East Lambton Community Complex complete next week

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Members of the East Lambton Community Complex Fundraising Committee toured the building early September. The building will be essentially complete and open to the public in a matter of days.

After years of planning and a few more of construction, the East Lambton Community Complex will open in one week.

Warwick Township CAO Amanda Gubbels gave councillors the news at Monday’s council meeting.

“We are on track to open- the municipality anticipates receiving occupancy on October 7, and transferring rentals to the location from Centennial Hall as of October 11,” she says.

The project has been planned since 2017 when the council of the day received a report which laid bare the poor condition of the main community gathering spot – Centennial Hall. The conversations began about what could replace the hall. The plan eventually morphed to a new community hall attached to the Watford arena. It will be able to host events for more than 400 people and it will have something never anticipated at Centennial Hall – a recreational centre which will be run by the YMCA.

Construction began with the renewal of the arena in May. Officials originally hoped to be in the building by mid 2022 but delays in labour and supplies, largely brought on by the pandemic, slowed progress. 

In August, contractors promised to have the doors open by October and Gubbels says it is happening.

“I will note not everything will be complete, complete. So it’ll be able to be used but there might you might see some contractors still touching up some paint. That kind of that kind of thing. The report does note a few items that may not be available one includes that divining wall …in the gymnasium as of the 11th. The refrigerators in the walk in freezer so we have a stopgap measure identified there and potentially some challenges with some flush valves for urinals but we will be working through those with the contractor to of course, make sure the facility is up and running as quickly as we can.”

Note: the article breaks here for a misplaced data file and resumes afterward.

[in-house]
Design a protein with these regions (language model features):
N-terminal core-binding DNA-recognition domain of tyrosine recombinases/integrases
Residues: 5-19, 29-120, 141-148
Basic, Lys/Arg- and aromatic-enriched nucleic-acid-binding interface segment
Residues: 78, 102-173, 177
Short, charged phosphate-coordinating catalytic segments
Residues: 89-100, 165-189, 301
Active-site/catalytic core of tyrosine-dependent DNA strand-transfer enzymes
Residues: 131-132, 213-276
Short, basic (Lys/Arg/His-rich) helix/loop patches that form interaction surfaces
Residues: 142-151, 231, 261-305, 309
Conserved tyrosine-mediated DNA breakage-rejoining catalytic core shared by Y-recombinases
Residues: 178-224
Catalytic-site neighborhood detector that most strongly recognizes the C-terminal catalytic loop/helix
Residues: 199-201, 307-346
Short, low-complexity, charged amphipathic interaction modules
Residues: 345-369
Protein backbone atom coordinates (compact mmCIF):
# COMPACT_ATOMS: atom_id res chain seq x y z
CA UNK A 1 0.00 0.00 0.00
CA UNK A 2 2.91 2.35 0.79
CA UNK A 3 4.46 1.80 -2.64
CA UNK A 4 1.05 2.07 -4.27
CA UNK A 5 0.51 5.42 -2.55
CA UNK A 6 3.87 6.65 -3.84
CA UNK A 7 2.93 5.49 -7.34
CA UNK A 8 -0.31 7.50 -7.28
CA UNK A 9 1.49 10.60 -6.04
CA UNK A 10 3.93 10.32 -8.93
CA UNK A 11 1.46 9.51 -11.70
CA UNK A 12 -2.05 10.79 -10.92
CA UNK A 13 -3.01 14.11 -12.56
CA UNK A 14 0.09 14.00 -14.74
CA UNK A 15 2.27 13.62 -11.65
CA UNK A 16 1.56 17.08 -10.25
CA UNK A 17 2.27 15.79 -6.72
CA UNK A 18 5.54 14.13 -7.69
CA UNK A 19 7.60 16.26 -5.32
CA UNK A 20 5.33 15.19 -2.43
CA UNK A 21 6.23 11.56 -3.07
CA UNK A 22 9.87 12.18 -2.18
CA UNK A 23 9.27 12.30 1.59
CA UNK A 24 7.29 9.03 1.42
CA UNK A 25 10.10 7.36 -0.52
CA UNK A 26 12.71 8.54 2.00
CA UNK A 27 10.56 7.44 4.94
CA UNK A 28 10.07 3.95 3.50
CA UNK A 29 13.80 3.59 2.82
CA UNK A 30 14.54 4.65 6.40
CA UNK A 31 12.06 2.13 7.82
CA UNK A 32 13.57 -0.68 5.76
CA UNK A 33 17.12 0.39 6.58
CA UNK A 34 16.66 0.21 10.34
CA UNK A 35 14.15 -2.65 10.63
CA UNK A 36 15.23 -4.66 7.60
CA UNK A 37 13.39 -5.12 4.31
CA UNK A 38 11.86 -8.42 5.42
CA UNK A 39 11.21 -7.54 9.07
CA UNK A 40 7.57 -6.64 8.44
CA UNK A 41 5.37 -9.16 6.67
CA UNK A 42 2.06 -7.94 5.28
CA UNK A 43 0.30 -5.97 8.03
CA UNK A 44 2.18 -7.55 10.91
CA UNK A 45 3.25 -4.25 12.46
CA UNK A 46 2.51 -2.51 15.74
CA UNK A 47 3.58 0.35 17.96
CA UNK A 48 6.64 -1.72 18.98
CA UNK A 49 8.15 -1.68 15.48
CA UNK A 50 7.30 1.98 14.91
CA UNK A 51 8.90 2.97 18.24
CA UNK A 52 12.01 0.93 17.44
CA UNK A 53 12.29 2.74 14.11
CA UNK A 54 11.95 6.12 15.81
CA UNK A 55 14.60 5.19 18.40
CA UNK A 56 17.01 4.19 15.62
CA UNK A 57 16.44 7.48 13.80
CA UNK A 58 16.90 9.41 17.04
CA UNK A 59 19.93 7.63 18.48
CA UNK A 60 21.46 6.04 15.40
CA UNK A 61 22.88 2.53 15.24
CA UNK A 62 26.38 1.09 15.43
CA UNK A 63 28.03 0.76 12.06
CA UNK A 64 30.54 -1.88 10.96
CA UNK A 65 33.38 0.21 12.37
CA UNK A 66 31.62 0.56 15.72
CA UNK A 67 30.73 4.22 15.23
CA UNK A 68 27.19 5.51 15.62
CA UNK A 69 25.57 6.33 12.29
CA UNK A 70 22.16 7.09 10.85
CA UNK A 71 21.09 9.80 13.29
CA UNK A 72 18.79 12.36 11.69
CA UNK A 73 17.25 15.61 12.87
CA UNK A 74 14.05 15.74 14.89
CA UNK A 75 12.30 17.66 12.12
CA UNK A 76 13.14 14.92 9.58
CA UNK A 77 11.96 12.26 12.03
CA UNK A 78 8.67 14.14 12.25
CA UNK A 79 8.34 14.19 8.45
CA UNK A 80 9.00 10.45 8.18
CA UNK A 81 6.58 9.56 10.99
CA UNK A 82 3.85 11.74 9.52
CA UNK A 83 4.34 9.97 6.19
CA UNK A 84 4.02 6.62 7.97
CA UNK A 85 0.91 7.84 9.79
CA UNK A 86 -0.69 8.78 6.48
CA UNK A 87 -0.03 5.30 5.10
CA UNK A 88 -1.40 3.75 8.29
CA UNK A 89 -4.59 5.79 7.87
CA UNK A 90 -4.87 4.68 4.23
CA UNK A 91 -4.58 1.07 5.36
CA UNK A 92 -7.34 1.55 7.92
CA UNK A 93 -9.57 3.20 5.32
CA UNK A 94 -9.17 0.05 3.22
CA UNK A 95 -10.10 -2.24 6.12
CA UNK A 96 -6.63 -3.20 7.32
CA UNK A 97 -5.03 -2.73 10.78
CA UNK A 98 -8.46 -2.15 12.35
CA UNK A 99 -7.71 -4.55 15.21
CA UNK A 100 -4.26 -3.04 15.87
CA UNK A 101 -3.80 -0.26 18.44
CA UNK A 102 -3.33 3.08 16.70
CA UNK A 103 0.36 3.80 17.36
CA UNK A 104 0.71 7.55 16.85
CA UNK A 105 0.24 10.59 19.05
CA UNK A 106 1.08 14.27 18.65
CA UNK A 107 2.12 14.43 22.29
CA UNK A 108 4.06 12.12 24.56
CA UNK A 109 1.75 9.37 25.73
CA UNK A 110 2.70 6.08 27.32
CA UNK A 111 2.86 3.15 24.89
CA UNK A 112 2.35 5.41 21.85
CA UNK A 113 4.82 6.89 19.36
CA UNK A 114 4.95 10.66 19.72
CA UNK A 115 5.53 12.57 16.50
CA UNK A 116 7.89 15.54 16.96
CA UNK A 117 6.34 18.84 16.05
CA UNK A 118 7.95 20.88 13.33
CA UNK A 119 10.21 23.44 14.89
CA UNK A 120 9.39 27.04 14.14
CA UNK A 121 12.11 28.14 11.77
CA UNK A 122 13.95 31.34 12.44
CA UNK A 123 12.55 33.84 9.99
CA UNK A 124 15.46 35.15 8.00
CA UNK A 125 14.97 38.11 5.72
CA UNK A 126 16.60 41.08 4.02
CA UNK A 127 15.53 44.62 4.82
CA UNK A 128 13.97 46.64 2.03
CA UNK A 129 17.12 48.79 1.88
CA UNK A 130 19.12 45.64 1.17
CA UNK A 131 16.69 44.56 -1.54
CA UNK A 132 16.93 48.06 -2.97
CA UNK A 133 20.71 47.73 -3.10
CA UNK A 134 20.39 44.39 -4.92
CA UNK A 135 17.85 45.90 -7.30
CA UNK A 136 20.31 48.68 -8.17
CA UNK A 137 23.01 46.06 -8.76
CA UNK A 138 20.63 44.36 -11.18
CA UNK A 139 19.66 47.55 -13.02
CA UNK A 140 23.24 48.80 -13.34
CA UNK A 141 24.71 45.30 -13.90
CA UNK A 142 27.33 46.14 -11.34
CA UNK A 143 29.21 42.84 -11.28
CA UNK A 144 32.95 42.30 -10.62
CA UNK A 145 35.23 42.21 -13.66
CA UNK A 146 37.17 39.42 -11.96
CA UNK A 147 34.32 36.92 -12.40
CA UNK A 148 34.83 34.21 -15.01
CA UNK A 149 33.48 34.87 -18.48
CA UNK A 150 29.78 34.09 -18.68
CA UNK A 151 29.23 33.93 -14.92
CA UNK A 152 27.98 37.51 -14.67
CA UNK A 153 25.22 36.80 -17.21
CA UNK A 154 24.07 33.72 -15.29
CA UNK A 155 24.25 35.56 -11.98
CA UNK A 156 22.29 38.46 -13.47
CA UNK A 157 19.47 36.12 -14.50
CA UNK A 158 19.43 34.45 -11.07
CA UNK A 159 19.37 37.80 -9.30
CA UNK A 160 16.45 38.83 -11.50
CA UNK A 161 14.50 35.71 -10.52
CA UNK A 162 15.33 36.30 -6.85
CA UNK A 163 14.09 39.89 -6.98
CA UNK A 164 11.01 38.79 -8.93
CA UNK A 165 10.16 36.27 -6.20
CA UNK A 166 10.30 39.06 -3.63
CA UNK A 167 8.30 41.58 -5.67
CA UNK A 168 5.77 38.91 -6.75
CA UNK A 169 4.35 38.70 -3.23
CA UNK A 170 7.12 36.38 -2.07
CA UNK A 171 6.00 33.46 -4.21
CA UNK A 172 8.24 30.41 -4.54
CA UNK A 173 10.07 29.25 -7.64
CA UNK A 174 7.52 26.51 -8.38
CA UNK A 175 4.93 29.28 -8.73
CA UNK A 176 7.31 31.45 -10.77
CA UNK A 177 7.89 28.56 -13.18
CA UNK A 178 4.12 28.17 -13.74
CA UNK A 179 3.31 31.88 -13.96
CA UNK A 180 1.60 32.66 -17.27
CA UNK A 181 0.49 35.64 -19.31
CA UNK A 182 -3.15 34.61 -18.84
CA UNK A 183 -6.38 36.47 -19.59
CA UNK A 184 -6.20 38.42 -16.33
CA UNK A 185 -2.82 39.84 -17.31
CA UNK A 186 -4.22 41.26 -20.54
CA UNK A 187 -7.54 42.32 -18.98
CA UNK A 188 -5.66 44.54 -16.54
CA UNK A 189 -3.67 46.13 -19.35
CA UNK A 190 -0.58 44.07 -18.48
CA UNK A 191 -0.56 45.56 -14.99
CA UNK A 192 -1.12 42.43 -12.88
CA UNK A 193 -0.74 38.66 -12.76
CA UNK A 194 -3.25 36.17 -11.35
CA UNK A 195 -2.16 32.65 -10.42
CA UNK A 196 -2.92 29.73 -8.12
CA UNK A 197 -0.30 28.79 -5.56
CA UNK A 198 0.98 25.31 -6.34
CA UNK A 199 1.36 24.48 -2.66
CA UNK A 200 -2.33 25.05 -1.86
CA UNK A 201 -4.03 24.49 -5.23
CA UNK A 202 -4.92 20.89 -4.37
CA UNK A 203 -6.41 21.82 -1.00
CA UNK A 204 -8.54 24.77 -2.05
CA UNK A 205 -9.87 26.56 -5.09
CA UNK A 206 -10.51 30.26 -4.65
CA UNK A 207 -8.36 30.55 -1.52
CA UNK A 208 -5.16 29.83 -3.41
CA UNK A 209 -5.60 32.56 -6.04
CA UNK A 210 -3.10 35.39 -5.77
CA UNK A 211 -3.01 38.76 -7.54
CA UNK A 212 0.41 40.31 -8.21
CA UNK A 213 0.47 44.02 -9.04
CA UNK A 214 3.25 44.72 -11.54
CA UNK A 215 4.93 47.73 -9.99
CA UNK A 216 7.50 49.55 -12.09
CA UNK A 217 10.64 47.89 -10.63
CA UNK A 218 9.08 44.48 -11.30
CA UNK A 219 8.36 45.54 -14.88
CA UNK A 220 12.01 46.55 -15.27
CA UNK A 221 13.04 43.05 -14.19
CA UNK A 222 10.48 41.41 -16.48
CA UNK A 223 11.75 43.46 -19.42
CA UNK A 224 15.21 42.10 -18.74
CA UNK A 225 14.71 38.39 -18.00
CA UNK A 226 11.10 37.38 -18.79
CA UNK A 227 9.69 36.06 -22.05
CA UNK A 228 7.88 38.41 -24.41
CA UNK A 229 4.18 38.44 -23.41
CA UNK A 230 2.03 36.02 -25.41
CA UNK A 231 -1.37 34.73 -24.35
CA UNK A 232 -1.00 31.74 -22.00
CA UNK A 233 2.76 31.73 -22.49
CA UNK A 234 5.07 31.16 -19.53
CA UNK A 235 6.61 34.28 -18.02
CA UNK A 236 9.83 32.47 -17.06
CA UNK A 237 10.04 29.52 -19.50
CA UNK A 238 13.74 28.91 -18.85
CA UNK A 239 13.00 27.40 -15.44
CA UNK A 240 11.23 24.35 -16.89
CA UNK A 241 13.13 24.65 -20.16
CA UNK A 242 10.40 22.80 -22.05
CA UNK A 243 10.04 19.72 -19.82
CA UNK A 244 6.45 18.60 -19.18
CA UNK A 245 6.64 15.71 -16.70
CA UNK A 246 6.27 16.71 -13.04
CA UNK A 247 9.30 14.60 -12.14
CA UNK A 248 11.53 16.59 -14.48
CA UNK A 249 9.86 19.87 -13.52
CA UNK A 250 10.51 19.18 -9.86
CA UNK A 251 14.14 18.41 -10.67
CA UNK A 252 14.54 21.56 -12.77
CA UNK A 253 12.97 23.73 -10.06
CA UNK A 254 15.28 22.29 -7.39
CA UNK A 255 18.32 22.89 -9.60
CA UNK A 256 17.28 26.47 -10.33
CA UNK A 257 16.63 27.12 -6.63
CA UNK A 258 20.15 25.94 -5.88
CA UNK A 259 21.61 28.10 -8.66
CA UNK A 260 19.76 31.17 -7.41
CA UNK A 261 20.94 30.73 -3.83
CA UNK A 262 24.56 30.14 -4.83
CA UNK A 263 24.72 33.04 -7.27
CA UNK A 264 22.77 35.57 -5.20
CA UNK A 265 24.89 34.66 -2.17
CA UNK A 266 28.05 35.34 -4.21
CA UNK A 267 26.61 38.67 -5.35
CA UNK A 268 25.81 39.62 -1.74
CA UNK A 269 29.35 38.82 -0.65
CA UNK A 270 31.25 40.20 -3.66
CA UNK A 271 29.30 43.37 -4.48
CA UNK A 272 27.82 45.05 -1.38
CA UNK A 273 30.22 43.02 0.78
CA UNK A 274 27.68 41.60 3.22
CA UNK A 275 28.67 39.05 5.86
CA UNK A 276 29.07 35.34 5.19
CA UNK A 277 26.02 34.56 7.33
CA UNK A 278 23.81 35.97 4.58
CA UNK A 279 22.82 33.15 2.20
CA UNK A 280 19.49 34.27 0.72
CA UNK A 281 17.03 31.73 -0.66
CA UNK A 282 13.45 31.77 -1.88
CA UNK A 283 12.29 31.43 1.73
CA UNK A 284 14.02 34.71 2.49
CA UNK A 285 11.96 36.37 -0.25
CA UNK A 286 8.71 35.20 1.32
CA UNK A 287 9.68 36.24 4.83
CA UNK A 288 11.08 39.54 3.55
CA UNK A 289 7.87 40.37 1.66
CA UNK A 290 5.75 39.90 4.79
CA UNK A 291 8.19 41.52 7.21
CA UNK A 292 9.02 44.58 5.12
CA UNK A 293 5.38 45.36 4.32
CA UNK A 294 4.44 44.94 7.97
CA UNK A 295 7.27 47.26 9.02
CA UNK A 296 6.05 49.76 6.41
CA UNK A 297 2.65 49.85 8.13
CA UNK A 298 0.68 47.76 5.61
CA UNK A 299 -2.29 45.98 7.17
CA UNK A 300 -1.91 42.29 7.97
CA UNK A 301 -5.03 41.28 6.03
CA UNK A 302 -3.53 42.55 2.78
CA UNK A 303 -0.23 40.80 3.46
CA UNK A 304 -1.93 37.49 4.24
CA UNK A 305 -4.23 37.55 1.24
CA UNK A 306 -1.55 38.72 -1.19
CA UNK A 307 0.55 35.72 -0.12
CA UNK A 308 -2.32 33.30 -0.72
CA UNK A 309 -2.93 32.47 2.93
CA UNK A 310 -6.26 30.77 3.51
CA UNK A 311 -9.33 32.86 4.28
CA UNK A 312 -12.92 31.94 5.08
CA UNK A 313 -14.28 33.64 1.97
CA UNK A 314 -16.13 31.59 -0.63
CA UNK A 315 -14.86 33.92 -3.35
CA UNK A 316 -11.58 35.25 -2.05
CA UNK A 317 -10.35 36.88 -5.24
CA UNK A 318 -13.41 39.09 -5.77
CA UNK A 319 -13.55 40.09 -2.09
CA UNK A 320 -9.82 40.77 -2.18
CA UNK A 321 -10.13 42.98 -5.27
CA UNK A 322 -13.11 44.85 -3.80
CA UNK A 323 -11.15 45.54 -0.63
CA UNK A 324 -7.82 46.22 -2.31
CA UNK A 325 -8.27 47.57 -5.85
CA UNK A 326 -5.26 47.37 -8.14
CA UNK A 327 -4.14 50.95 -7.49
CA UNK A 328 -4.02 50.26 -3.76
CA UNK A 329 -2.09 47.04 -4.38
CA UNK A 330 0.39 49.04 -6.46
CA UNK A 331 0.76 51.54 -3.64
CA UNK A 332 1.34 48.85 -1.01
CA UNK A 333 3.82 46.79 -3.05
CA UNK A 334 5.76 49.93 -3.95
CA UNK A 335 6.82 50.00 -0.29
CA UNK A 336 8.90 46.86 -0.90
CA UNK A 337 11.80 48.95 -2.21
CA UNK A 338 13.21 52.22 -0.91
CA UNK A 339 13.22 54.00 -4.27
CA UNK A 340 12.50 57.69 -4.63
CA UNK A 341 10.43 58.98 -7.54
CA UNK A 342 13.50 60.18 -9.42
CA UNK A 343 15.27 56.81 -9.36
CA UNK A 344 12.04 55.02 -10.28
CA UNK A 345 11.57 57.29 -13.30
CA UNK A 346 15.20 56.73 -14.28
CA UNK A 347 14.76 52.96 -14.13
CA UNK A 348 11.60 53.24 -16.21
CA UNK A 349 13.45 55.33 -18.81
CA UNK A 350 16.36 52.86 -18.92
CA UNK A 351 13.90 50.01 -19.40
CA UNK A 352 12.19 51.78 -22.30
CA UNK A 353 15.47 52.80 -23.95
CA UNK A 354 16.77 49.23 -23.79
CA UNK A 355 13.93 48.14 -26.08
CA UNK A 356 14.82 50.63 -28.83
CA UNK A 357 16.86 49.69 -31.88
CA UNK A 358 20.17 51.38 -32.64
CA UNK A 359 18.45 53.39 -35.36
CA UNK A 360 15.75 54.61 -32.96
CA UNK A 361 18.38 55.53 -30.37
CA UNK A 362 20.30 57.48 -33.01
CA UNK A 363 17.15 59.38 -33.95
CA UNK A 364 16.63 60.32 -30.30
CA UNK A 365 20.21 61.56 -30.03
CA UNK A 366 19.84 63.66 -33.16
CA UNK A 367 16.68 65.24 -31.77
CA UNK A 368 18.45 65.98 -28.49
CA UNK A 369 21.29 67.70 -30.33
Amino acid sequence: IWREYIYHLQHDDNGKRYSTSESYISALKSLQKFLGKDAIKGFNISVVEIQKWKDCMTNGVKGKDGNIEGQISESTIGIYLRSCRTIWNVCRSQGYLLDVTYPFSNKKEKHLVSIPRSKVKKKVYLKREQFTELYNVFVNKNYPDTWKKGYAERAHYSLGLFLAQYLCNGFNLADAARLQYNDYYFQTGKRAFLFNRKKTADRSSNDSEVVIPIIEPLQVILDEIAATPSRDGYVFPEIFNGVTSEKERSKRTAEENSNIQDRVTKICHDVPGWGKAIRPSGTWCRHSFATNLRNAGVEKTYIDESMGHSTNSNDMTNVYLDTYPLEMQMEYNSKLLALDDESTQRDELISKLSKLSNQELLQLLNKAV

She added a public open house is expected Oct. 12 between 5 and 7 pm.

Gubbels said the project is coming in on budget.

That’s despite the fact the township had to approve another $700,000 project to build a workshop and repair the drainage around the building – something staff said was required because of the construction.

“So the whole project is targeted and on budget to the $11.5 million allocated by council. (We’re) at $10.6 million, almost $10.7 million, which is under budget for a project. So that’s really, really exciting. And that’s before, of course, the donations,” said Gubbels.

The fundraising committee has a goal of raising $2 million to offset the cost of the new building to taxpayers. The group hasn’t made an official announcement in a number of months but Mayor Jackie Rombouts said at last word the group had commitments for about $1.6 million. And she’s expecting an announcement of more to come.

Gubbels says that, coupled with a number of grants which the township has applied for, the cost to taxpayers could be in the $8.6 million range.

Gubbels says the township will have to finance some of the cost when the project is complete.

After a number of stops and starts because of the pandemic, Deputy Mayor Jerry Westgate is pleased the complex is close to opening.

“I want to congradulate staff to for getting it going so fast at the end here. Maybe it wasn’t so fast but at least it is going to be done,” he said.

Council also approved the fees for renting the new hall. They’ll be significantly more with for example the rental of the full hall going from $200 to $350.

Council did change some of the rental fees staff suggested, particularly for youth groups and funerals.

Staff suggested a $75 fee for youth and community groups to use the facility. That worried Councillor Colin Mitchell who is a leader with the Boy Scouts.

“I just ran the numbers for our group … where we would be paying about $1,600 a year for rental fees, this number raises it well out of the market at $6,000 a year,” he said.

“We already rely on this community for a lot of fundraising for so much. We are a break even, not for profit organization, that in previous years, we’re touching 60 families within this community on a weekly basis. These are families that sometimes don’t have enough to even pay the program fees so we have a no Scouter left behind policy. Your pricing has taken the joy out of this new facility.”

Councillors agreed it was too high for community groups and returned it to the previous $20 per night with the understanding the Scouts would move if there was another group willing to pay the full fee on a regular Scout evening.